beloved by tracing with a pointed implement at hand the outline of his figure on thewall ; and when her father the potter came home, he, appreciating the importance of herwork, rude though it was, cut the plaster out within the drawing she had thus accomplished,took a cast in clay from it, and baked it with his other pottery. Such is the well-known

    Greek tradition, assigning a simultaneous origin to the graphic and plastic arts, and claiming both as ofGreek invention. But unfortunately for the truth of this pretty story, these arts were known and practisedlong before even the original Pelasgians had settled in Greece; indeed, it seems certain that they weremerely transmitted to Greece from Egypt, in which country they had been long cultivated before they wereacquired by any of the Indo-European nations.

    Amongst the remains that have been discovered in various countries of Europe belonging to those earlypre-historic periods, called by archaeologists respectively the Stone, Bronze, and Iron Ages, many vessels,utensils, metals, and ornaments have been found engraved with rich and delicate tracery, and remarkablefor their graceful shape and elegant proportion, proving that there must have been a distinct recognition ofartistic beauty and fitness even at that early period. These belong, certainly, more especially to the bronzeage ; for the rough earthenware vessels and flint arrow-heads of the stone age cannot strictly be reckonedas works of art; but even the poor stone man hewing his square coffin may have been moved to give agreater finish and merit to his work, in obedience to an impulse, unrecognized, no doubt, towards artisticperfection.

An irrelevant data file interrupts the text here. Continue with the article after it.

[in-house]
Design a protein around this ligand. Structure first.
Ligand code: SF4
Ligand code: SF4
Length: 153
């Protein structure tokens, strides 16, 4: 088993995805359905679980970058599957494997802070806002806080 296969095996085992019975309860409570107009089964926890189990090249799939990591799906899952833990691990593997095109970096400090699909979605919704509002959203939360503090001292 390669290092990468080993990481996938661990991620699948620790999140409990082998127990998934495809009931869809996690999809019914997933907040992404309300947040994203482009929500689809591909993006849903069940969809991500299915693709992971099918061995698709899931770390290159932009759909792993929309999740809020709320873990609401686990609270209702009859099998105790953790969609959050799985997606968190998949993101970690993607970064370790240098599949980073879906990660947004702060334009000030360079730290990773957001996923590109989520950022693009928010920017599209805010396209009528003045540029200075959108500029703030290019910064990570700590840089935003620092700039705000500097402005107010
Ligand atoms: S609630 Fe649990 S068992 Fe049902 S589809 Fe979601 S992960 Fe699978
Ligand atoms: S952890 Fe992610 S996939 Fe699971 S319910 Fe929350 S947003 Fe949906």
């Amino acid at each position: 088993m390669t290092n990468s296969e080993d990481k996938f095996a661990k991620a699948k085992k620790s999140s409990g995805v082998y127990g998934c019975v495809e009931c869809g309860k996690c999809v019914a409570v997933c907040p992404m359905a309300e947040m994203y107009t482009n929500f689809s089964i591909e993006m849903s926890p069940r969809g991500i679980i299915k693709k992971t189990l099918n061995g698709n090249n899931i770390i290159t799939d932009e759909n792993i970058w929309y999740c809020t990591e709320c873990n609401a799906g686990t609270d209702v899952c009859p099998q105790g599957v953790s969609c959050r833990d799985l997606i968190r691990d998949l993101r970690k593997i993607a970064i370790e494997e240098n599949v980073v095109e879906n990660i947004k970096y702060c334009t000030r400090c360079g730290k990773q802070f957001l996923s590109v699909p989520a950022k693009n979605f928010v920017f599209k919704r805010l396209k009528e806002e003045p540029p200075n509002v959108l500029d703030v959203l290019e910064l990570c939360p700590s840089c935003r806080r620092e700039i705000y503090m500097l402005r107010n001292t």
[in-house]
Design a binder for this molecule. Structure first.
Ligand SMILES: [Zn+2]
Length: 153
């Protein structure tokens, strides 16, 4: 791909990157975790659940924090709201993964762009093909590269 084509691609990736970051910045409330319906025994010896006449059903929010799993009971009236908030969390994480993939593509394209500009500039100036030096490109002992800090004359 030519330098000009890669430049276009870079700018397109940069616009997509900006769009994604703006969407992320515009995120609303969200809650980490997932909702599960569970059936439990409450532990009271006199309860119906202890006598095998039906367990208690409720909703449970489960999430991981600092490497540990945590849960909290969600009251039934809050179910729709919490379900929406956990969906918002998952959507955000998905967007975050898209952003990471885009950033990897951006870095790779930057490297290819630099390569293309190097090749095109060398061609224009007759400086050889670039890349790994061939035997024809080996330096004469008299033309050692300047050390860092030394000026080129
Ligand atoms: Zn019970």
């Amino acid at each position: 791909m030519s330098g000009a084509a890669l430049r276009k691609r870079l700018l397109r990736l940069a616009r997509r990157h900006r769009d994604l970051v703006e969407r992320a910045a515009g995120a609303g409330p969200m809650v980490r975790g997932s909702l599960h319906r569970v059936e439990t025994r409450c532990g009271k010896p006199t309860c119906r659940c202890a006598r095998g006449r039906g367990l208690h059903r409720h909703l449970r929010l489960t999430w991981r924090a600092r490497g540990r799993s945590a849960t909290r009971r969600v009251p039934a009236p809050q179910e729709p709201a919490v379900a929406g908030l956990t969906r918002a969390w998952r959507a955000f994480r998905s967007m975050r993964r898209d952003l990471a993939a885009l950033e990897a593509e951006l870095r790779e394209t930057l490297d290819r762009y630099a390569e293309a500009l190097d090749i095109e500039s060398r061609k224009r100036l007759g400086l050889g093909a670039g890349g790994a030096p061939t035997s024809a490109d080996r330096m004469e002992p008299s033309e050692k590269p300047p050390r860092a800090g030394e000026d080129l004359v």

lx

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    MASTERPIECES OF EUROPEAN ART.Looking onward from those dimly seen ageswhose existence is only revealed to us by means of such

    works as have been mentionedwe come next upon the gigantic monuments of EGYPT, whit h st.ind at thebeginning of history, as if to mark the boundaries of our knowledge. Before them everything is vagueand mythical, but after their erection we are enabled to proceed U|>on something like historical data, andto reckon the succession of centuries and dynasties. Hut we must not forget that the pyramids, whilst theythus form the starting point of history, point back also to long ages of endeavor, before the wonderfulknowledge and skill displayed in their construction could have been attained. It is strange, perhaps, thatno archaic remains of Egyptian art have ever been discovered} no traces of the rude and simple efforts ofan early people. Hut so it is. Everything in Egypt, at the moment we first catch sight of it, seems tohave been long established on the same basis that we find enduring until the end of its history.

    the origin of (Mintingthe youngest born of three sister artsdates back beyond our knowledge.It i> impossible to say when the Egyptians first practised it, but the paintings in the tombs, many of whicharc referred to the fourth and fifth dynasties, that is to say, to a period not less than two thousand fourhundred years before our era, or upwards of four thousand years ago, reveal an art already far advancedbeyond infancy. Pliny, indeed, tells us that the Egyptians boasted of having been masters of paintingfor more than six thousand years before it was acquired by the Greeks, and possibly this was not such avain boast, as he imagined.

    The earliest paintings that have been brought to light in Egypt are those in the tombs around thepyramids, supposed to be those of individuals living in the reigns of the founders of the pyramids and theirimmediate successors. Next come those of the sepulchral grottoes of Beni Hassan, of the twelfth dynastywhich afford a variety of representations of private life. From these and similar works in other places,much of our knowledge of the manners and habits of the ancient Egyptians is derived. Scenes of husbandry,such as ploughing, reaping, gathering and pressing the grape; l>eating hemp; the various trades of carjienter,boat-builder, potter, leather-cutter, glass-blower, and others; scenes of fashionable life, amongst which afavorite one is the reception of guests at a banquet; hunting parties, duck-catching, and fishing, everythingthat is killed being in each cane registered by a scribe; wrestling exercises, comprising games of variouskinds; darning; musical entertainments, the inst